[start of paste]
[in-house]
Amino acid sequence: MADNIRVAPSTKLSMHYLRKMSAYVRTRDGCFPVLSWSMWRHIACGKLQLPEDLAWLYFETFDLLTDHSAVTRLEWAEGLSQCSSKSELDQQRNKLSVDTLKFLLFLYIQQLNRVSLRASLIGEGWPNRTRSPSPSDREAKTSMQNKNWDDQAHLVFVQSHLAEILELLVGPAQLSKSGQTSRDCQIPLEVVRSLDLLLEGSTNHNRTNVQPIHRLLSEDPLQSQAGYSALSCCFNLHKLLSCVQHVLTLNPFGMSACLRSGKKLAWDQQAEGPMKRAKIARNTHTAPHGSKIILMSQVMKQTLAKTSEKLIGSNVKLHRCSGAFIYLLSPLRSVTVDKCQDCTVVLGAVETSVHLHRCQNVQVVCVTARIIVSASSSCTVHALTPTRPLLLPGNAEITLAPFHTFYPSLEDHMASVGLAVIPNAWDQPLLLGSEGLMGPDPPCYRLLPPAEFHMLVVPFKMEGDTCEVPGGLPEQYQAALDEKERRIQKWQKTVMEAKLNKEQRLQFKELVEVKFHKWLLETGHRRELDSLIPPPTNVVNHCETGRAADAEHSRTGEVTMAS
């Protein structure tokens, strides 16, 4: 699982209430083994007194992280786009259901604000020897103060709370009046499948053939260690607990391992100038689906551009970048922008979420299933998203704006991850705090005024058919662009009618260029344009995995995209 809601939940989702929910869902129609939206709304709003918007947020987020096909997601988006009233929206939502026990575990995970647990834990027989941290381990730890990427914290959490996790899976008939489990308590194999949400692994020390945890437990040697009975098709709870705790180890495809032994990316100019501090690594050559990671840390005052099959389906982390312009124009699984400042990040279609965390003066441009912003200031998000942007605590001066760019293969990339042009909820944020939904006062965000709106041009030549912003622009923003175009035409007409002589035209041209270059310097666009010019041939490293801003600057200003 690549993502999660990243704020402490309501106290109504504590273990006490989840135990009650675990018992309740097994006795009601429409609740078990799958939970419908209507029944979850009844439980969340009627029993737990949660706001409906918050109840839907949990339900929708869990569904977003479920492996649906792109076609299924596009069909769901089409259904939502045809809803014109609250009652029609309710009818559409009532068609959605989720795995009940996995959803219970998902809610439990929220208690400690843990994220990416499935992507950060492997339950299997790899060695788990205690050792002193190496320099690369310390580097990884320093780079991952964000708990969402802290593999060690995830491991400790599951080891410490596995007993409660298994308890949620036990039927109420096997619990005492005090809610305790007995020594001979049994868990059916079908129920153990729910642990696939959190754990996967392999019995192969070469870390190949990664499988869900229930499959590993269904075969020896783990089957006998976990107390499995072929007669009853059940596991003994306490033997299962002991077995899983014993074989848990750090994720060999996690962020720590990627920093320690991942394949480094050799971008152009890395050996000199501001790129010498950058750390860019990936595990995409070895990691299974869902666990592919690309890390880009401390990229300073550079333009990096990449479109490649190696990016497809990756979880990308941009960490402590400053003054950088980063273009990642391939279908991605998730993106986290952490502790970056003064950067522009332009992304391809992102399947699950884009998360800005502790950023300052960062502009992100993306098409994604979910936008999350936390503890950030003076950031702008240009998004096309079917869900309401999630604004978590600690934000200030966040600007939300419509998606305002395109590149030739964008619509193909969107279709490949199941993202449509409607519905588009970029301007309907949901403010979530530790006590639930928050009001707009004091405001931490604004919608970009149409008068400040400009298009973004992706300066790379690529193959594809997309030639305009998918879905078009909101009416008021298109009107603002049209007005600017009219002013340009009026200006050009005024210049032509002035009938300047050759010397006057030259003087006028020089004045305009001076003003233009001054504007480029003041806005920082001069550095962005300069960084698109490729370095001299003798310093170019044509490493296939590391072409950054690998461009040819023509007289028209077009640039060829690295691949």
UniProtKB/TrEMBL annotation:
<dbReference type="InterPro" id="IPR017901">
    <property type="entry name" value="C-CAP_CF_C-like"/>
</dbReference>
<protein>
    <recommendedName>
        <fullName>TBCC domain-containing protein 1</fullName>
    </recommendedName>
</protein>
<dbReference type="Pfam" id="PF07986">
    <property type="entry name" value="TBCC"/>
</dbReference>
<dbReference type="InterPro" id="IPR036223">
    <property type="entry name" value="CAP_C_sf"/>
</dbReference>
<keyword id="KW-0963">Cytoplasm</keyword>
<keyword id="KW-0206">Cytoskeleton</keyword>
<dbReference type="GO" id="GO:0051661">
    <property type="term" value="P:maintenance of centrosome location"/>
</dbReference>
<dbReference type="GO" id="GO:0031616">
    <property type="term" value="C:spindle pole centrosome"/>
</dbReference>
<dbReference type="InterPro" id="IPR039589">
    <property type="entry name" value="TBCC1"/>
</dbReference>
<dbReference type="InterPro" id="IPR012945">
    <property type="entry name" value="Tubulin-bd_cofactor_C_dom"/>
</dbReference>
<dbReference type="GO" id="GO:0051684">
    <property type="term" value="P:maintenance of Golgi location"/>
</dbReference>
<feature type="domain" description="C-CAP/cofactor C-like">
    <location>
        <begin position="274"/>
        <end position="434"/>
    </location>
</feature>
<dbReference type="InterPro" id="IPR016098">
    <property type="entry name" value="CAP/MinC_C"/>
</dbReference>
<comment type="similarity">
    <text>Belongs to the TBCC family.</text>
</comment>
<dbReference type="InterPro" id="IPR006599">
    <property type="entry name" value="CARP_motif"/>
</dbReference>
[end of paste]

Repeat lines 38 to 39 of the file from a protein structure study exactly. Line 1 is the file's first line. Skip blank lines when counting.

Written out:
        <begin position="274"/>
        <end position="434"/>